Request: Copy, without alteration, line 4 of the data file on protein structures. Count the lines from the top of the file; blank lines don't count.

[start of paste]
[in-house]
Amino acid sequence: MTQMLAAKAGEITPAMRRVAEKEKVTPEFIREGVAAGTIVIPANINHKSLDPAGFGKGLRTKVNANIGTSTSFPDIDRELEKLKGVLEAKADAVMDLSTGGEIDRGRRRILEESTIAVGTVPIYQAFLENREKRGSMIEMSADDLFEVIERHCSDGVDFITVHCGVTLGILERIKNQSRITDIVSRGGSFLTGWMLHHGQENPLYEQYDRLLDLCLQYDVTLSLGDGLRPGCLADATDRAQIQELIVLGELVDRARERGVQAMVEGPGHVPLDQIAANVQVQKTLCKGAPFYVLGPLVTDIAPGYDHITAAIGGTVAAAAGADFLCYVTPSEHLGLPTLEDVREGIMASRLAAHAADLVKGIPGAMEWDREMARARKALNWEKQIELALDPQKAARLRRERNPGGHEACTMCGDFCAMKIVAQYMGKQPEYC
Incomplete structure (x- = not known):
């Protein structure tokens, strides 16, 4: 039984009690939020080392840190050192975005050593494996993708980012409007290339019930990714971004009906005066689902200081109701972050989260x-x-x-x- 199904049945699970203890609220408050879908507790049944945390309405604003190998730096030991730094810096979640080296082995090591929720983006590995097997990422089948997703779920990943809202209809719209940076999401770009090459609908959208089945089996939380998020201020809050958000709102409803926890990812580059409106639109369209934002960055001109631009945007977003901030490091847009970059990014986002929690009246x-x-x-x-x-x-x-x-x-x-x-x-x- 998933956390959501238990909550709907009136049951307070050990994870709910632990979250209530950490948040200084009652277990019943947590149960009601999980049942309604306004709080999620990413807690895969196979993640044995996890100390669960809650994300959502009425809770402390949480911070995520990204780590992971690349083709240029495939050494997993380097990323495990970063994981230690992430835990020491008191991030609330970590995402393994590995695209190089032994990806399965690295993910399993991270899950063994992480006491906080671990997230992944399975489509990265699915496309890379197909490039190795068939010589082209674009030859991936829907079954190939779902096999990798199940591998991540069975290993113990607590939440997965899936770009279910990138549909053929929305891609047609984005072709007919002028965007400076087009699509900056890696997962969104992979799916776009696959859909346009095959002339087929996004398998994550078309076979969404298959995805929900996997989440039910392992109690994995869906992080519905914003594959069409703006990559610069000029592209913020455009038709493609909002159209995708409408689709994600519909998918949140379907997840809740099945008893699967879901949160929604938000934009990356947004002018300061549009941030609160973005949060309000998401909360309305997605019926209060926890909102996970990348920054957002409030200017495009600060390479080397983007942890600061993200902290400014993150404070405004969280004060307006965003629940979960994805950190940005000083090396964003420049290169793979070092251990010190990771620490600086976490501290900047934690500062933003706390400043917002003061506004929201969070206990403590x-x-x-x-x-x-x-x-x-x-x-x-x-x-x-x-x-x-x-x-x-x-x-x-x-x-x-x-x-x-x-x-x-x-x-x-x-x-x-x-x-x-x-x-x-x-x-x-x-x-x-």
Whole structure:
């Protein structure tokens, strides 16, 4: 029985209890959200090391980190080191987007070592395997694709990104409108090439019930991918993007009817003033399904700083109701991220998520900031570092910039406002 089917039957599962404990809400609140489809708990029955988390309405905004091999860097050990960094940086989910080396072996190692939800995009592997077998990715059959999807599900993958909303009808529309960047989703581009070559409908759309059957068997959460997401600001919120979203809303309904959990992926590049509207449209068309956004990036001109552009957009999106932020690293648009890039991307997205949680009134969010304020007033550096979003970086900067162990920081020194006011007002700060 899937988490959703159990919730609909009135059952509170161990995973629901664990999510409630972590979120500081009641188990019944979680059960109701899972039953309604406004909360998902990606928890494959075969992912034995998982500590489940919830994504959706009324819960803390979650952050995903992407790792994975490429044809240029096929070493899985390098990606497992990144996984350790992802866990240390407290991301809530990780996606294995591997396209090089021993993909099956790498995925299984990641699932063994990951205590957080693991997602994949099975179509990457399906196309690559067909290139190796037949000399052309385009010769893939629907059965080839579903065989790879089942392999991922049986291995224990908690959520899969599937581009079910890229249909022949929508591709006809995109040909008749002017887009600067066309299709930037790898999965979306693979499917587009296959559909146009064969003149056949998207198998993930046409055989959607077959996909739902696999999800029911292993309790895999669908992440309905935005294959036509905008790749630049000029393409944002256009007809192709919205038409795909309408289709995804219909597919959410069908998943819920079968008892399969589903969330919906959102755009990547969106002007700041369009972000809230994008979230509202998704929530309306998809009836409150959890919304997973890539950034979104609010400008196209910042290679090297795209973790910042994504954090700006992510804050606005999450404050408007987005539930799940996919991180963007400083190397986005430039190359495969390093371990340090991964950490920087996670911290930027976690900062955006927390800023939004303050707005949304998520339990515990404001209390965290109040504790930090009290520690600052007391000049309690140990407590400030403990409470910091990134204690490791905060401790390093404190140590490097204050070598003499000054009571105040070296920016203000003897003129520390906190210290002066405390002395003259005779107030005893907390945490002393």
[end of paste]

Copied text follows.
């Protein structure tokens, strides 16, 4: 039984009690939020080392840190050192975005050593494996993708980012409007290339019930990714971004009906005066689902200081109701972050989260x-x-x-x- 199904049945699970203890609220408050879908507790049944945390309405604003190998730096030991730094810096979640080296082995090591929720983006590995097997990422089948997703779920990943809202209809719209940076999401770009090459609908959208089945089996939380998020201020809050958000709102409803926890990812580059409106639109369209934002960055001109631009945007977003901030490091847009970059990014986002929690009246x-x-x-x-x-x-x-x-x-x-x-x-x- 998933956390959501238990909550709907009136049951307070050990994870709910632990979250209530950490948040200084009652277990019943947590149960009601999980049942309604306004709080999620990413807690895969196979993640044995996890100390669960809650994300959502009425809770402390949480911070995520990204780590992971690349083709240029495939050494997993380097990323495990970063994981230690992430835990020491008191991030609330970590995402393994590995695209190089032994990806399965690295993910399993991270899950063994992480006491906080671990997230992944399975489509990265699915496309890379197909490039190795068939010589082209674009030859991936829907079954190939779902096999990798199940591998991540069975290993113990607590939440997965899936770009279910990138549909053929929305891609047609984005072709007919002028965007400076087009699509900056890696997962969104992979799916776009696959859909346009095959002339087929996004398998994550078309076979969404298959995805929900996997989440039910392992109690994995869906992080519905914003594959069409703006990559610069000029592209913020455009038709493609909002159209995708409408689709994600519909998918949140379907997840809740099945008893699967879901949160929604938000934009990356947004002018300061549009941030609160973005949060309000998401909360309305997605019926209060926890909102996970990348920054957002409030200017495009600060390479080397983007942890600061993200902290400014993150404070405004969280004060307006965003629940979960994805950190940005000083090396964003420049290169793979070092251990010190990771620490600086976490501290900047934690500062933003706390400043917002003061506004929201969070206990403590x-x-x-x-x-x-x-x-x-x-x-x-x-x-x-x-x-x-x-x-x-x-x-x-x-x-x-x-x-x-x-x-x-x-x-x-x-x-x-x-x-x-x-x-x-x-x-x-x-x-x-």